For all that my recent visit to the Jeremy Deller exhibition at the William Morris Gallery has to be counted something of a disappointment, let it not be thought my journey to the furthest reaches of Walthamstow was wasted. For there, behind the gallery, resplendent in early Spring sunshine and calling to me, as it were, was the newly redeveloped Lloyd Park.
Infiltrating myself between the mums-and-buggies crowding out the gallery tea room, I quickly purchased a pre-wrapped sandwich and bottle of water and headed down to the park in search of an empty bench. More mums; more buggies; more small children than you could shake a stick at. (A strange idiom, but, in this context, perhaps appropriate.) Then, just when I’d come close to giving up and entertained risking my new black jeans on the Lloyd Park grass, there, opposite the tennis courts, I spied an elderly couple slowly vacating a bench.
No sooner had they stepped away, than I had slipped into their place, divesting myself of coat, hat, scarf and shoulder bag and spreading them liberally to either side. This bench is occupied.
After a burst of hefty thwacking, the two young men on the court directly across from where I’m sitting pack up their things and go, to be replaced immediately by an almost identical pair – sun glasses, sports gear, Nike trainers, high slashing serves and wild returns. The sandwich is smoked salmon and avocado on seeded bread; not a combination I would have immediately thought of (something of a Resnick sandwich perhaps, putting on, for a moment, my other hat) but excellent and at £3.50, these days not too bad a deal. A couple more bites and I lean back and take out my book, which happens to be The Ongoing Moment, Geoff Dyer’s book on photography, which I last set aside, exiting the tube earlier that morning, at page 129.
Though it can serve as one, a bench is not a bed. Nor is it a chair. Chairs move around, congregate in different ways, reconfiguring themselves according to the demands of the social situation in which they find themselves. In their limited way they even enjoy a bit of travel – chairs on the terrace of a Paris café go inside for the night – but the bench has no inner life like this. The bench sits it out, waiting for dawn. As such, its nocturnal life is potentially more romantic than the chair’s
Yes, here I am, sitting on a bench in Lloyd Park, reading Geoff Dyer’s thoughts about a bench. The bench. Famous benches that, thanks to photography, we have known. A coincidence? Of course. And true. (You don’t, for a minute, think I make this stuff up?)
Brassai’s bench, for instance, a solitary figure sheltering from the Riviera sun in 1936 … and it’s companion, Dyer suggests, taken by Lartigue just a few years earlier, just a short way along the coast, Renée at Eden Roc. All right, they don’t exactly share a bench, but railings, umbrellas, the same Mediterranean sun …
This is one of the ways in which Dyer takes us through the history of photography, not in a clinical way, nor in a manner that is a ready prey to theory, but by a tracing of image, the images that so many photographers share, sometimes in what seems like conscious nods in one another’s direction, sometimes as if unaware. The bench, the open road, the window, the car, the beggar, the musician, the naked woman, the hat.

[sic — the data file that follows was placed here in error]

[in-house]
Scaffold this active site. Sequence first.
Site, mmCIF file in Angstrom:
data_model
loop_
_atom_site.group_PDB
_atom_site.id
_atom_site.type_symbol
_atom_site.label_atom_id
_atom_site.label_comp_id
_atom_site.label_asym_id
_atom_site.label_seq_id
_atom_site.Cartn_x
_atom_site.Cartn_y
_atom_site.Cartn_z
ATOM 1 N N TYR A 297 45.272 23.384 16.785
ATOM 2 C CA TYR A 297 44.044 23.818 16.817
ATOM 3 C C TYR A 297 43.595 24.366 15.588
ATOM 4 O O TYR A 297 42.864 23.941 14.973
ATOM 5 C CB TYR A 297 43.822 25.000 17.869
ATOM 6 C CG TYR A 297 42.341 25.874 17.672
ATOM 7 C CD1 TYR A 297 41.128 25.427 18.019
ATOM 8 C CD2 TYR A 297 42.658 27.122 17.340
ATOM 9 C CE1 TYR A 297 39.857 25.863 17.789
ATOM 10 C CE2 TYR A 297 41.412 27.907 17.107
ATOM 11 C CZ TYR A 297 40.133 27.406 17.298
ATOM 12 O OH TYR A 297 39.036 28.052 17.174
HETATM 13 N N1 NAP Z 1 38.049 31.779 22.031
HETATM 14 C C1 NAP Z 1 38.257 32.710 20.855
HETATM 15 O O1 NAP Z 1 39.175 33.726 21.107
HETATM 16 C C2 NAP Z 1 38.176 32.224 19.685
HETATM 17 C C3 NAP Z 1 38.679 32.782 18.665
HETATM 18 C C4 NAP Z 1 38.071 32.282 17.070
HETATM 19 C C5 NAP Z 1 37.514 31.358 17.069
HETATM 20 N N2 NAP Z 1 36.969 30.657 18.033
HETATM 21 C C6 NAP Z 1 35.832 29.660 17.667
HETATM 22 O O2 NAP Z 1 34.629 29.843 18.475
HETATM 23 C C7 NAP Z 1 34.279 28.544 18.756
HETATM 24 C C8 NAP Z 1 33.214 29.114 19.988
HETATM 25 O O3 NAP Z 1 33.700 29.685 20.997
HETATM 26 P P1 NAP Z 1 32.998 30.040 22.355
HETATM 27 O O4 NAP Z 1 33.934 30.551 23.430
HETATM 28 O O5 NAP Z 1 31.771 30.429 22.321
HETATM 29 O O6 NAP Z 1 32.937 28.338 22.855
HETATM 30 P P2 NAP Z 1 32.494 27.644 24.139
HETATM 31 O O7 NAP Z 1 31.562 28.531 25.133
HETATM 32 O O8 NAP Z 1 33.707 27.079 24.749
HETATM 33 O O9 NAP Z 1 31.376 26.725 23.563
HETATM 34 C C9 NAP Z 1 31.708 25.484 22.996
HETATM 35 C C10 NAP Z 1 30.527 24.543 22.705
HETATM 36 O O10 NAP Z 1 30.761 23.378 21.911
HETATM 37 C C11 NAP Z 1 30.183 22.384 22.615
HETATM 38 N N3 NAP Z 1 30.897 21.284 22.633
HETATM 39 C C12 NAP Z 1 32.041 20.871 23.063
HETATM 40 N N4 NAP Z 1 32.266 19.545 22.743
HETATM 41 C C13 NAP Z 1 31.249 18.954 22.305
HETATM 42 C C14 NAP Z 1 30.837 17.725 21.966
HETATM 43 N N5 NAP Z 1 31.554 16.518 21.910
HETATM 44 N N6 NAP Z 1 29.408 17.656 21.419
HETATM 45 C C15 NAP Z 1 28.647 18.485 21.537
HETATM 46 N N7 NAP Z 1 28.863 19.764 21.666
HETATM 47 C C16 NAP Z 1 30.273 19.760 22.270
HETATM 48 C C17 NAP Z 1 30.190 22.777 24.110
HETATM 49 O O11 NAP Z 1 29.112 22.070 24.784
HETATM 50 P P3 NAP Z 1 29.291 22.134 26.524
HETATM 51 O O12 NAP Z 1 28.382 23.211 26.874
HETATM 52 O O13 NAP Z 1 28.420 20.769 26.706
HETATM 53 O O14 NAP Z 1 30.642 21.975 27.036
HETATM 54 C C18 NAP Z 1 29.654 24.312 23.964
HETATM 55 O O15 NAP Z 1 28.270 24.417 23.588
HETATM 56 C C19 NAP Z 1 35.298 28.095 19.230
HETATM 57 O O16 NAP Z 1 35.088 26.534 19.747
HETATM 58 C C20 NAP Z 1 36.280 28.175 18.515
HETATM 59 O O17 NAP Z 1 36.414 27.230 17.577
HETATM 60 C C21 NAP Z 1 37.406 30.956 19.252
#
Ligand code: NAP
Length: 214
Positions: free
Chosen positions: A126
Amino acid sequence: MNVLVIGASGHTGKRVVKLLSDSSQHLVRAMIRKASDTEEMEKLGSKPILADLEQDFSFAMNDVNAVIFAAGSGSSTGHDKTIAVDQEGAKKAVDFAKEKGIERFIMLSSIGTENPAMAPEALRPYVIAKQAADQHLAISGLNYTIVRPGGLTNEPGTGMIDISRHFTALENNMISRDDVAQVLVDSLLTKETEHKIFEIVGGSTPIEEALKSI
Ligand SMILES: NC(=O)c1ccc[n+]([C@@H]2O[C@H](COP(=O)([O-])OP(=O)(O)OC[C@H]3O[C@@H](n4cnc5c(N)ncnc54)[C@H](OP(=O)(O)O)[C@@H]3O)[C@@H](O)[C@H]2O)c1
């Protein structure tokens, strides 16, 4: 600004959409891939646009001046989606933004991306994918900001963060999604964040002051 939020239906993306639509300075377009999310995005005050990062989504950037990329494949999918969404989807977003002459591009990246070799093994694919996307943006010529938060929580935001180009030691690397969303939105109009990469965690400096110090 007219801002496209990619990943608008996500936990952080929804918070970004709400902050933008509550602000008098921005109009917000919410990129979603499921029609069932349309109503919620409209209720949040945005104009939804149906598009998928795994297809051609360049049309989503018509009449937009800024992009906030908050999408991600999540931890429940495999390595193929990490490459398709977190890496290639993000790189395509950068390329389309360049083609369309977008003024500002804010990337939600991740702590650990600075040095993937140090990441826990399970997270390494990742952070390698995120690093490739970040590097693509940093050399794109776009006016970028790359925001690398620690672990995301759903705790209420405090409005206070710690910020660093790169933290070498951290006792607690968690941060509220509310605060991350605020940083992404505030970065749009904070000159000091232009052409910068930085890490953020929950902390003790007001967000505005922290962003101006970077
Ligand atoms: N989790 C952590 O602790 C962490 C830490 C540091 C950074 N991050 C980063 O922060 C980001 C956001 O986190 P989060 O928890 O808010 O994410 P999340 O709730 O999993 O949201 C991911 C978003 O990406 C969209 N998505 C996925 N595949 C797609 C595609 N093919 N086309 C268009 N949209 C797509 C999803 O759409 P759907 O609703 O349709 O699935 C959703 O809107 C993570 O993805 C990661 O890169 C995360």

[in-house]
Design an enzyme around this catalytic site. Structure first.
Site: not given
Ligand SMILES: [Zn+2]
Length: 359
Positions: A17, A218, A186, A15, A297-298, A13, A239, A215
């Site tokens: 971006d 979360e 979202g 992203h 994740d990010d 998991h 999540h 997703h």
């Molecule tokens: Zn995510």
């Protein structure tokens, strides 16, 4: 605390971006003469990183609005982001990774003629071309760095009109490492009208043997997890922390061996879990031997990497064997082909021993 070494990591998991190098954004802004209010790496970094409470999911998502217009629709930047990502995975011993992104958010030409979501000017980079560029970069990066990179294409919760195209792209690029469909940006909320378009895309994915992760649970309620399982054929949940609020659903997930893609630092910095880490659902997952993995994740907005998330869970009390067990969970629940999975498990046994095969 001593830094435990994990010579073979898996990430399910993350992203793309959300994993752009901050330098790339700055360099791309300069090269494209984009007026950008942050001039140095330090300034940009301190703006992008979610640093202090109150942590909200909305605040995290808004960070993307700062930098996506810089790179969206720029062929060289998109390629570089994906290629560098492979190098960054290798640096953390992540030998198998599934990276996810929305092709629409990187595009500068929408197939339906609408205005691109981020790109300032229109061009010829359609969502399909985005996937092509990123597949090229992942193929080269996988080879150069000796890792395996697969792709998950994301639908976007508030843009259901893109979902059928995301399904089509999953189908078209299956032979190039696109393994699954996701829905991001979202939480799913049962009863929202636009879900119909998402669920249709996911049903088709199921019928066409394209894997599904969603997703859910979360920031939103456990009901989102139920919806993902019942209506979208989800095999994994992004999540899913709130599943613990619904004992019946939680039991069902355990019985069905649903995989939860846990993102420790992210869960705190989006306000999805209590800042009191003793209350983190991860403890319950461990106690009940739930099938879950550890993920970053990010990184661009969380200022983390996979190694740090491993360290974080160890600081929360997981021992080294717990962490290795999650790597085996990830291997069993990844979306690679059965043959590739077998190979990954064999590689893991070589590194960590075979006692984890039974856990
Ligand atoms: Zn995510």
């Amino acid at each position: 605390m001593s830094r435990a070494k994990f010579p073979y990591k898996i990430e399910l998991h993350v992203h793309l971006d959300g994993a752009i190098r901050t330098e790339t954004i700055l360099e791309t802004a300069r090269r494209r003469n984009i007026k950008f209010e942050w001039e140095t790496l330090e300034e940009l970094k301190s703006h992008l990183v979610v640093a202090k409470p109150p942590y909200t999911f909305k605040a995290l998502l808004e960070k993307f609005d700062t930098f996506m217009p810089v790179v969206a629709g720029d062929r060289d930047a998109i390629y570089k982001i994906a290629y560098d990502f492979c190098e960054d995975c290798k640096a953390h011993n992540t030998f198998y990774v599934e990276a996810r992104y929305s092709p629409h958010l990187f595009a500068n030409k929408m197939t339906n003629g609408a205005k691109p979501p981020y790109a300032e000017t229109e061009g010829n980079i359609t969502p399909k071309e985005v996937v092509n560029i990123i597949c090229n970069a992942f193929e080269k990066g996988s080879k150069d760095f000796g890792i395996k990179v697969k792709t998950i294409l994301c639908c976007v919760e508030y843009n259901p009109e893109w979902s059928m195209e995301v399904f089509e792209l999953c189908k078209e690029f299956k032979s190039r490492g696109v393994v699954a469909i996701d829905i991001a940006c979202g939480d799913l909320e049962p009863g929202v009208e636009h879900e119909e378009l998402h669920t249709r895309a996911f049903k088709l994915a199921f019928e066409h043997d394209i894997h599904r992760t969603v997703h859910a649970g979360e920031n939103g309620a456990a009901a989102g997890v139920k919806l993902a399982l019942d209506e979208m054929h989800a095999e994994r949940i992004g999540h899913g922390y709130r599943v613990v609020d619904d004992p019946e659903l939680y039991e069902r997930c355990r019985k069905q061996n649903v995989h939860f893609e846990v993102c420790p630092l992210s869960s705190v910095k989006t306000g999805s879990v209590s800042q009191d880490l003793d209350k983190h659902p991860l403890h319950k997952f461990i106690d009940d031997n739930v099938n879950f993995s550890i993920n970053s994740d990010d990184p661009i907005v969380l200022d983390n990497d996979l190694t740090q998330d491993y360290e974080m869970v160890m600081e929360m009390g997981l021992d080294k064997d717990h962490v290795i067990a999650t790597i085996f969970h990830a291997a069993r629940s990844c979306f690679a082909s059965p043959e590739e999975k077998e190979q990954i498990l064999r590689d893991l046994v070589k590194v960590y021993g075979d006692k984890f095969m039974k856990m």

This is André Kertesz in New York in 1962, photographing a man, a broken bench, some background.
Like so many photographs, a chance moment? What did Cartier-Bresson say? Something about the held breath, the captured moment of fleeting reality. The man, what is he doing, standing there with his hands clasped behind his back? His gaze, where is it directed? At the broken bench? The two women sitting on another bench in the background? The line of cars? The line of our vision, I think, takes us through a slight curve from front to back; a line that follows those lines already trod, the uneven line of benches to the right; the line of sight of the man, presumed from the angle of his neck, towards the first of the women, the woman in white.
We don’t know, until we are told, until Dyer tells us, that the man, a friend of Kertész, is blind; nor that the women on the bench are Kertész’s wife and the mentally unstable younger woman she has befriended. The man is seeing nothing: the scene is one that Kertész has staged. Knowing none of this, are we are tempted, nonetheless, to see the bench, in part, as metaphor? And knowing everything , knowing the truth, something of the truth, behind the photograph, does it become less of a great photograph – if that’s what it is – or more?
So many questions. So many benches. Benches in Budapest, the French Riviera, Central Park. As it sit reading, I become more and more aware that everyone – everyone, it seems – the tennis players, the couples passing by, the young woman talking excitedly into her mobile phone – is speaking in a language that may be Russian. Polish, possibly, or Russian. Some Eastern European language that evades me, as most languages do, and for a moment it would not be difficult to imagine myself somewhere else, some other bench …
But, of course, the moment passes. I finish my sandwich, close the book. Page 139, Paul Strand: White Fence, Port Kent, New York, 1916. Just time before moving on, getting off the fence, as it were, for a bench or two of my own …
Not to mention, a fence …